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IM Barcelona 2023 Race Report

Created: Friday, 12 January 2024

After racing in Italy and Portugal, it was time for another epic destination for my 10th Ironman race! After making a list of exciting possibilities, the only reasonable airfare option led me to IM Barcelona! This course looked ideal, with a single loop for the swim, and a flat bike and run. My wife and I flew out on the Wednesday before the Sunday race, landing on Thursday.

The check-in was smooth. I was now used to the European ways of racing. QR codes on my wrist, timing chip pickup during the bike check-in, and needing to remember to wear my bib during the bike leg. But other rules still caught me by surprise, like needing to have my helmet buckled and bib on my waist before I’m permitted to check in my bike. Everything was in English, so there were no language issues.

The practice swim in the Mediterranean Sea felt great. The water was definitely choppy, with a current. It was chilly at first, then became comfortable inside the wetsuit. So I felt confident with the swim. I assembled my bike, and had no issues this time. My last race in Hawaii left me with a bent wheel after I unpacked it. The practice bike rides left gave me confidence as well. The streets were busy with cars and pedestrians, so I kept the rides short and safe. My Nike Alphaflys were ready to fly. Time to race!!!

Swim – 2.4 miles

The swim didn’t start until 8:30. We had to wait until the 70.3 racers began at 7:30. Then they adjusted the swim buoys for the full IM racers. I could only see the first turn buoy from the shore. The course was swim out, then turn right with the current, then U-turn back a long ways against the current. Another U-turn, then swim to the shore to exit. It started to get very warm while waiting to swim. Despite waiting as long as I could before putting on my wetsuit, it clear that everyone was starting to overheat. The sweat certainly didn’t help keep my swim cap on securely. It was a very unique swim start.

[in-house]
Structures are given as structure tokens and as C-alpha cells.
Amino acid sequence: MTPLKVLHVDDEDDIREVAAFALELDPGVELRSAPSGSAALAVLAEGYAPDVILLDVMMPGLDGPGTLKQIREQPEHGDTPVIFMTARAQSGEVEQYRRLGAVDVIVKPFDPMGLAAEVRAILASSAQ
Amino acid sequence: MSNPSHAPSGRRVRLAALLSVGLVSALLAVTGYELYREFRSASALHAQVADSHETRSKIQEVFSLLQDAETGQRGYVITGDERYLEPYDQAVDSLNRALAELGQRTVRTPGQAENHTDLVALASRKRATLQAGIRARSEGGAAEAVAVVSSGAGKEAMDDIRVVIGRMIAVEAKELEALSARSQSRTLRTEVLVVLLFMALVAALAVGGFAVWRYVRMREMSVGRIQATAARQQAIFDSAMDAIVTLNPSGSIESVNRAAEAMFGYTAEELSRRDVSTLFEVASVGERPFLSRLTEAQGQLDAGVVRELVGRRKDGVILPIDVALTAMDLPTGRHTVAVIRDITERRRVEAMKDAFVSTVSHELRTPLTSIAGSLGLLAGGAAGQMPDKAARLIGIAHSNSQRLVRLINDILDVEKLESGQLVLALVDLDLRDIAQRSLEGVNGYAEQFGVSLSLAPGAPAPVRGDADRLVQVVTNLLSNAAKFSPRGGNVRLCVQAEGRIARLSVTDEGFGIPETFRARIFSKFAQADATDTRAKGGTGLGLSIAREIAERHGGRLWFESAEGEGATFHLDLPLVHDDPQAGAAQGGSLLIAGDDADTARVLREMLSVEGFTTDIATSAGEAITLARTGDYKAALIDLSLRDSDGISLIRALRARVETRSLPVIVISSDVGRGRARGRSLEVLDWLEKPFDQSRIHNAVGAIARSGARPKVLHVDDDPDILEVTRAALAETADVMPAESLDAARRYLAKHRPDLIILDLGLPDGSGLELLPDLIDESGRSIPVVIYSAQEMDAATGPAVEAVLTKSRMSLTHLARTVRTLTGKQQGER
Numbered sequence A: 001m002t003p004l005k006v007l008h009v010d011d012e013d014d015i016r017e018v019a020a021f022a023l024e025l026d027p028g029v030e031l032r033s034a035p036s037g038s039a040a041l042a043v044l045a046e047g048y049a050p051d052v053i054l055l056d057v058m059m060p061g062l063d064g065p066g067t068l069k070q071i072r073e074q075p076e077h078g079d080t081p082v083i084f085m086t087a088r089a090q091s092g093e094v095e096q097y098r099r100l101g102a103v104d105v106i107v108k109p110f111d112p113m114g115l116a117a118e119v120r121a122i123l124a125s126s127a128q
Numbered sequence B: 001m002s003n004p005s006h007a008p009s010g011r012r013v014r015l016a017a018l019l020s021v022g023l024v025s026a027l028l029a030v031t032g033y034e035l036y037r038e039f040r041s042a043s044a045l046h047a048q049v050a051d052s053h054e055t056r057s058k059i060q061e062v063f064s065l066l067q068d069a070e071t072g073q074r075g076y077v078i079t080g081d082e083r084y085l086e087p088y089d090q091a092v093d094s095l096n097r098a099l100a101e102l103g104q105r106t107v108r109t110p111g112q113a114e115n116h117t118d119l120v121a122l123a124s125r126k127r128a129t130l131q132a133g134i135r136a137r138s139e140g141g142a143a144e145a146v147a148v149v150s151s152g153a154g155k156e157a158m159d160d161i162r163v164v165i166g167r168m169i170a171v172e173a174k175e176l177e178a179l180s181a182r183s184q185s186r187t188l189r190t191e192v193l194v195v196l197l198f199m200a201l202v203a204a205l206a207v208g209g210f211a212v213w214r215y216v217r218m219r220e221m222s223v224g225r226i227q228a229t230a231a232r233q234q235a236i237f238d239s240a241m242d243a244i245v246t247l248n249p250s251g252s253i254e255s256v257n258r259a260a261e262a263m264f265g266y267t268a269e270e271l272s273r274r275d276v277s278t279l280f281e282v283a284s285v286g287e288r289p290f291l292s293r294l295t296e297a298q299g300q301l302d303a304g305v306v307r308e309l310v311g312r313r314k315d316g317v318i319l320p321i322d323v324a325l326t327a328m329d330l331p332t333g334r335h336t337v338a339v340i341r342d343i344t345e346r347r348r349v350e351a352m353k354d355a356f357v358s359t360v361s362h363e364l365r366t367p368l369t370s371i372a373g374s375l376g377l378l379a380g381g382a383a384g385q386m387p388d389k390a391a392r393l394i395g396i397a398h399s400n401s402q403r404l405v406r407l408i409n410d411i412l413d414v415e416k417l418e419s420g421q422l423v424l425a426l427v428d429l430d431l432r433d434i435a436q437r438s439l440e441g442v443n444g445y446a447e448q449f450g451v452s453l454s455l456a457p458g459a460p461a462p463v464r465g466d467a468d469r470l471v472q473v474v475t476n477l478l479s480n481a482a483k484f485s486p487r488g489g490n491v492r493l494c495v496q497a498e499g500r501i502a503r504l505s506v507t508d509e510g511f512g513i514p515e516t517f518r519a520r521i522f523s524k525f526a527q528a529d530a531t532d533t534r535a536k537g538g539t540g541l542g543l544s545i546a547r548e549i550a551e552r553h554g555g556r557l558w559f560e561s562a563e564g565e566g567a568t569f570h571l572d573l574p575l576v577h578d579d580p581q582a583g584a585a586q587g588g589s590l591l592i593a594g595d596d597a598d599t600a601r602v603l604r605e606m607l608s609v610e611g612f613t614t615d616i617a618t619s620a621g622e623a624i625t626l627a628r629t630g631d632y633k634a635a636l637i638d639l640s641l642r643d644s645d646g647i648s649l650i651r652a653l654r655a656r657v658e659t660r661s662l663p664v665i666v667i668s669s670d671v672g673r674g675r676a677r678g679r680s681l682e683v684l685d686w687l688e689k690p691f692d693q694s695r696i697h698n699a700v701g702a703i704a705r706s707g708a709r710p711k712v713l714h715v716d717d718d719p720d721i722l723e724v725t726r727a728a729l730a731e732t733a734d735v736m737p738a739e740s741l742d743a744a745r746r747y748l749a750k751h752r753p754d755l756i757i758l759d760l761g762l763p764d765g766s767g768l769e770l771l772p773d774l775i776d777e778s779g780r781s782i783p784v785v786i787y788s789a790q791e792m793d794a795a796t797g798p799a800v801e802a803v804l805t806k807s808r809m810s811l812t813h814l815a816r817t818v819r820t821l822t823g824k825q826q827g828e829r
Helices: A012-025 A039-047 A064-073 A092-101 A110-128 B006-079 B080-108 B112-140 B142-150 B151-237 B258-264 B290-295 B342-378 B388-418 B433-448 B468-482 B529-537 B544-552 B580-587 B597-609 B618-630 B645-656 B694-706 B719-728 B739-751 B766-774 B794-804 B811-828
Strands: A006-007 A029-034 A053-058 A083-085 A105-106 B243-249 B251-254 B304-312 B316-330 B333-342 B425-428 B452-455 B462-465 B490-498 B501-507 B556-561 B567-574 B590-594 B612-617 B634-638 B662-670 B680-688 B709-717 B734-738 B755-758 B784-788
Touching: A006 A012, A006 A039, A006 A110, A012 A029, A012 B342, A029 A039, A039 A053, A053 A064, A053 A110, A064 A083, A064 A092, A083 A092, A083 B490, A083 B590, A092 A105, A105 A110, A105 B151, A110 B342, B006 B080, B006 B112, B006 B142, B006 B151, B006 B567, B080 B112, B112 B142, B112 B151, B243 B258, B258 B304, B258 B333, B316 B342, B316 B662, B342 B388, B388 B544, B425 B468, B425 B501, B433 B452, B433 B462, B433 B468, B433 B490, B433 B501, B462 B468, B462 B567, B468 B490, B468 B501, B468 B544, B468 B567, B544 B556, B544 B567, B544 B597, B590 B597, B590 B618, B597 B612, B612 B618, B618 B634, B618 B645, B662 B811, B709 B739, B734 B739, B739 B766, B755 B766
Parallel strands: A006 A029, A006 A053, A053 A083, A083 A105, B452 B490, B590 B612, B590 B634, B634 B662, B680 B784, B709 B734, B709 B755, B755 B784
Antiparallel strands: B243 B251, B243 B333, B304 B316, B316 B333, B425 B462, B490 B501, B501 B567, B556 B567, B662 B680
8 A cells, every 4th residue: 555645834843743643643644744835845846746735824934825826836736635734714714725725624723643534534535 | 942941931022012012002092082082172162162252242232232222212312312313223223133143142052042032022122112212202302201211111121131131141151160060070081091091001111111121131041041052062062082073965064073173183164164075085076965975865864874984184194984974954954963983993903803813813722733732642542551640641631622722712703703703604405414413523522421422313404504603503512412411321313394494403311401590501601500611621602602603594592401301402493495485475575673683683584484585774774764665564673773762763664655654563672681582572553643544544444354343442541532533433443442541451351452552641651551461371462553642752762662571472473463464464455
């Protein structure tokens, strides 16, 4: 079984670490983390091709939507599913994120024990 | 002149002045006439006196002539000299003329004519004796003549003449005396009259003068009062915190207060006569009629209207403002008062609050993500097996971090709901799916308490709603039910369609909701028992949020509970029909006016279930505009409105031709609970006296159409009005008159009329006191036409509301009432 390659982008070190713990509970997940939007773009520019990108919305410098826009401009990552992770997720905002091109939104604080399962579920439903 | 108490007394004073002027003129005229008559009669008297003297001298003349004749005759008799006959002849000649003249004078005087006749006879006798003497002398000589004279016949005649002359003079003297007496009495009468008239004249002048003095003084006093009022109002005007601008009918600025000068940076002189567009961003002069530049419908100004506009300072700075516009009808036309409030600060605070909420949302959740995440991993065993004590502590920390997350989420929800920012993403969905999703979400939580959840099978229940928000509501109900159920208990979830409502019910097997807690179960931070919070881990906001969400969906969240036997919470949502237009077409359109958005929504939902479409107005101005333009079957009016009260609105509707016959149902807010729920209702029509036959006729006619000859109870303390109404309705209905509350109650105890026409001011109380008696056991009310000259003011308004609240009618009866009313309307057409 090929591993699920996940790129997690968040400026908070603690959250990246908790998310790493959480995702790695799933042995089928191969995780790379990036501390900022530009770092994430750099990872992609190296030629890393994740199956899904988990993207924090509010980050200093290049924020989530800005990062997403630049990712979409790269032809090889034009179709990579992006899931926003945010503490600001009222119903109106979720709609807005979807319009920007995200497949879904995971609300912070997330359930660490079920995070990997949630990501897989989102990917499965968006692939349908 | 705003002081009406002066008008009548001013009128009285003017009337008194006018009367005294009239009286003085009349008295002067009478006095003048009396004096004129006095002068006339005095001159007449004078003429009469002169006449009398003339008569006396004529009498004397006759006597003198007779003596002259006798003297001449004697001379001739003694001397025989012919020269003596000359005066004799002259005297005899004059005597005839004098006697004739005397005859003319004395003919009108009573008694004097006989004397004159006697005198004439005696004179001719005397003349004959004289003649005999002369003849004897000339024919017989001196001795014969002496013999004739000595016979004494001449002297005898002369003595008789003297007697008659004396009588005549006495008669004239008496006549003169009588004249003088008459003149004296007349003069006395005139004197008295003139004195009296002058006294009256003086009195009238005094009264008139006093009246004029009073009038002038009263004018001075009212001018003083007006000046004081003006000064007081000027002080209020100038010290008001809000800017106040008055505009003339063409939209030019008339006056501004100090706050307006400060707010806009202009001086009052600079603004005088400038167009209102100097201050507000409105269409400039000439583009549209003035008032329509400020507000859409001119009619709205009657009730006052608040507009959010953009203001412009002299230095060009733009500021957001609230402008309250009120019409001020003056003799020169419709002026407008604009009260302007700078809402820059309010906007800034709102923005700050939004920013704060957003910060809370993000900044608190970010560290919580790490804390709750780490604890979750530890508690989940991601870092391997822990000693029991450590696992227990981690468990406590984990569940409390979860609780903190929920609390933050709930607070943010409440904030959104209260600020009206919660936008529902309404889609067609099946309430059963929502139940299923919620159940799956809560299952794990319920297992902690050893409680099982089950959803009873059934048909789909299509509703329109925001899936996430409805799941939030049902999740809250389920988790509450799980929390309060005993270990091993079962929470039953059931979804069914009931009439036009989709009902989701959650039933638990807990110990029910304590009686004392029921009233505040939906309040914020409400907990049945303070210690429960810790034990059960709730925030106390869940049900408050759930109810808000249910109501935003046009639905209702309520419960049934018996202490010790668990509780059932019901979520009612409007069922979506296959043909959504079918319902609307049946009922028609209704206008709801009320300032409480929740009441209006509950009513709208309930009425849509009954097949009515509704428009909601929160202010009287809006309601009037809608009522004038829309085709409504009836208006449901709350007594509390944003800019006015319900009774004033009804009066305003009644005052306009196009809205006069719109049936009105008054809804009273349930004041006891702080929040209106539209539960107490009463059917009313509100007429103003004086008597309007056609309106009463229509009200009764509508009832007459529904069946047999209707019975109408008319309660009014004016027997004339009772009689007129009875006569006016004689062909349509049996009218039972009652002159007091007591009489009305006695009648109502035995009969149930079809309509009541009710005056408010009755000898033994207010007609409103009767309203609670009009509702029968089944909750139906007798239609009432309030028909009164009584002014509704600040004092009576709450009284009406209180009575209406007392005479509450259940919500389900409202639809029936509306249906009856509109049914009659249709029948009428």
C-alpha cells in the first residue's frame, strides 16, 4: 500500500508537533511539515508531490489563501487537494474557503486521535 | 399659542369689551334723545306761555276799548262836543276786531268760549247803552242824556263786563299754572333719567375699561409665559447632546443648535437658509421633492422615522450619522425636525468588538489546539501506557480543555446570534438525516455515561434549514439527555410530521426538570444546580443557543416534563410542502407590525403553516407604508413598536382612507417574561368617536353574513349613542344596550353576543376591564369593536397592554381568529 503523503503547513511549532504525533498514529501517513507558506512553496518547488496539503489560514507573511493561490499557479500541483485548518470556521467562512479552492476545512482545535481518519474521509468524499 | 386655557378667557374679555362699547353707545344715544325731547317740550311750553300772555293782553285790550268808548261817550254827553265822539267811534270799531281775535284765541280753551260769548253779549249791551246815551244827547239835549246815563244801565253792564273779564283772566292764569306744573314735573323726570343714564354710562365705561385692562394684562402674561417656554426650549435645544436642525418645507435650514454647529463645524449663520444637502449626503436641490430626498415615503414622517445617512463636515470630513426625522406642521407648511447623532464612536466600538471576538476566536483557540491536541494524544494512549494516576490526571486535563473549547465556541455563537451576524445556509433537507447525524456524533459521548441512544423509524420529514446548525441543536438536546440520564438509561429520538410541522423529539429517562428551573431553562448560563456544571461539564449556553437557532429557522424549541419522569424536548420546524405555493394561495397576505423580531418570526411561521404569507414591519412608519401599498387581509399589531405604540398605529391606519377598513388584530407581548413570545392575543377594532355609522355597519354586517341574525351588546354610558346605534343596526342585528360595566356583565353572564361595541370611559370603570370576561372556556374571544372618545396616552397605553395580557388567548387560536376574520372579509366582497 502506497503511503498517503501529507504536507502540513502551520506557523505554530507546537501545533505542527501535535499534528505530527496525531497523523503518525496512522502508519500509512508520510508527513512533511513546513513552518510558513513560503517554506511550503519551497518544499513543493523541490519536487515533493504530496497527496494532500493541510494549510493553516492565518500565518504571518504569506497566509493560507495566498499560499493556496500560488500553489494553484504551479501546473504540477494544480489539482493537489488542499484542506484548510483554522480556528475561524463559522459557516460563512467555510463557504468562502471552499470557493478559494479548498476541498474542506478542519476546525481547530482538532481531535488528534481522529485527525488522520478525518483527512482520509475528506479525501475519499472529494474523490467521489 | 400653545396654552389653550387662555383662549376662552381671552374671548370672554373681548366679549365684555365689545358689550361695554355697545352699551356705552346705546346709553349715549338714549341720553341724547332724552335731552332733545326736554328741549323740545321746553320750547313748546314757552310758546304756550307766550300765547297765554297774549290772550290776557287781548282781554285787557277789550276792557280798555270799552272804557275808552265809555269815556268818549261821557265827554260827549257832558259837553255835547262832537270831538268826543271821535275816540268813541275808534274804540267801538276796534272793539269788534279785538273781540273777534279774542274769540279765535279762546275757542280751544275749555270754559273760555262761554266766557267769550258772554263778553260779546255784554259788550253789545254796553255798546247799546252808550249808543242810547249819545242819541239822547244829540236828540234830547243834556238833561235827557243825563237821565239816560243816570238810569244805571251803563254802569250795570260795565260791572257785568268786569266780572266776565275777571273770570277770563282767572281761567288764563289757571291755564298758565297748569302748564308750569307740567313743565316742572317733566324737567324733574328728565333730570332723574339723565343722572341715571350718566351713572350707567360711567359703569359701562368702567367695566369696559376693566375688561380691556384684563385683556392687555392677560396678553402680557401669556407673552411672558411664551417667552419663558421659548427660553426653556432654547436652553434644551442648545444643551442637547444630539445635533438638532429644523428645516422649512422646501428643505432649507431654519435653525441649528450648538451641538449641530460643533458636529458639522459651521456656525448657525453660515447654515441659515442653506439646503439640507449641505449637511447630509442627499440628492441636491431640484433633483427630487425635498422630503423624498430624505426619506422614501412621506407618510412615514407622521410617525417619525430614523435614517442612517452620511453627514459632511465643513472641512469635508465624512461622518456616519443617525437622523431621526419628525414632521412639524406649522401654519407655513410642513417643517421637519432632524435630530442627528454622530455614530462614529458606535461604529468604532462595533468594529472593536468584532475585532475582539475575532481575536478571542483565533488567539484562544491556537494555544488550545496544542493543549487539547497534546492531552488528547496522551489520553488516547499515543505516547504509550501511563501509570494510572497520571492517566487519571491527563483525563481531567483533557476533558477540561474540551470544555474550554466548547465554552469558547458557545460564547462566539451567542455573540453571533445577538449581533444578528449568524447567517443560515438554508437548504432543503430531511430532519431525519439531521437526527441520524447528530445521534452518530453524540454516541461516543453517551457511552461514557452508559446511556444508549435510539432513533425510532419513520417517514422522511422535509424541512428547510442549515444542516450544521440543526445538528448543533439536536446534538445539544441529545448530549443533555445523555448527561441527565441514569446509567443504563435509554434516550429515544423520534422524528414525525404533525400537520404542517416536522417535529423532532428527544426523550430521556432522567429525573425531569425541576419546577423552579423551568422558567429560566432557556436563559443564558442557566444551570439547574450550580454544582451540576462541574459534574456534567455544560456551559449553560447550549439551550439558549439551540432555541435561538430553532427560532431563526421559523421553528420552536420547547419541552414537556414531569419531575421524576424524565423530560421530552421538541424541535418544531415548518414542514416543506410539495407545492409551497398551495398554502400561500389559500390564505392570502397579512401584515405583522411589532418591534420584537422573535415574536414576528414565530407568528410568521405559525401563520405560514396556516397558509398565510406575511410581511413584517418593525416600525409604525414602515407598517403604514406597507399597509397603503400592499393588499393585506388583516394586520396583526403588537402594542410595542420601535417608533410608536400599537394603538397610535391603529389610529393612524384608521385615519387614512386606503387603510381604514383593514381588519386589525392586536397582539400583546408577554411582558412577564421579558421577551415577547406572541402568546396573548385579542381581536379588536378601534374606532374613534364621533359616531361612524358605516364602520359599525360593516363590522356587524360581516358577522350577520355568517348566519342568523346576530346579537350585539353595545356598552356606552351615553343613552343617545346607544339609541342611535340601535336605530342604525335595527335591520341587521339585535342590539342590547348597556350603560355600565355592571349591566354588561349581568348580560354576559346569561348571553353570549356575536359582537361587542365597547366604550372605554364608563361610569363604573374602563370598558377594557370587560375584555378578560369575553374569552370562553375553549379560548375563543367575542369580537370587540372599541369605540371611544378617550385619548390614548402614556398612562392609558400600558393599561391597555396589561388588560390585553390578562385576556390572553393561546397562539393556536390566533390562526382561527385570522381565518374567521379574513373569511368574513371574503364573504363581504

The viewing stands were built right on the beach for the VIP folks with a covered tunnel through the middle of it. The swimmers entered the starting line through the tunnel, which was lined with the IM signature poster, and a big sign that said, “Your Dream Starts Here”. You couldn’t help be feel all the race excitement. 5 racers started every 3 seconds. The beach had a steep dropoff, so as soon as you enter the water, it was time to start swimming. I started off strong, and I definitely felt the current help me out. I looked at my watch, I was swimming at a 1:30/100 yd pace. Very fast for me in open water. After making the first turn, I saw no signs of the buoys that we were supposed to be sighting on. So, I followed the swimmers in front of me.

Halfway through that leg, I saw a jet skier yelling something in Spanish, and pointing to my right. It took me a moment to realize that we were all heading in the wrong direction. Right from the beginning, I’m swimming an extra distance. After making the correction, I’m looking for a big red turn buoy. That’s what is typical, and that’s what is in the Athlete Guide. But what I saw was a big yellow buoy. Hmmm??? I saw a swimmer go right across the front of me! Oh! That was the turn buoy!! I went back and made the U-turn. At this point, the current was very strong, and I had to fight through it. It was literally a fight! I felt the push back, instead of me gliding forward. I checked my watch, and my pace had dropped to over 3:00/100 yd. I kept pushing, swimming directly into the sun.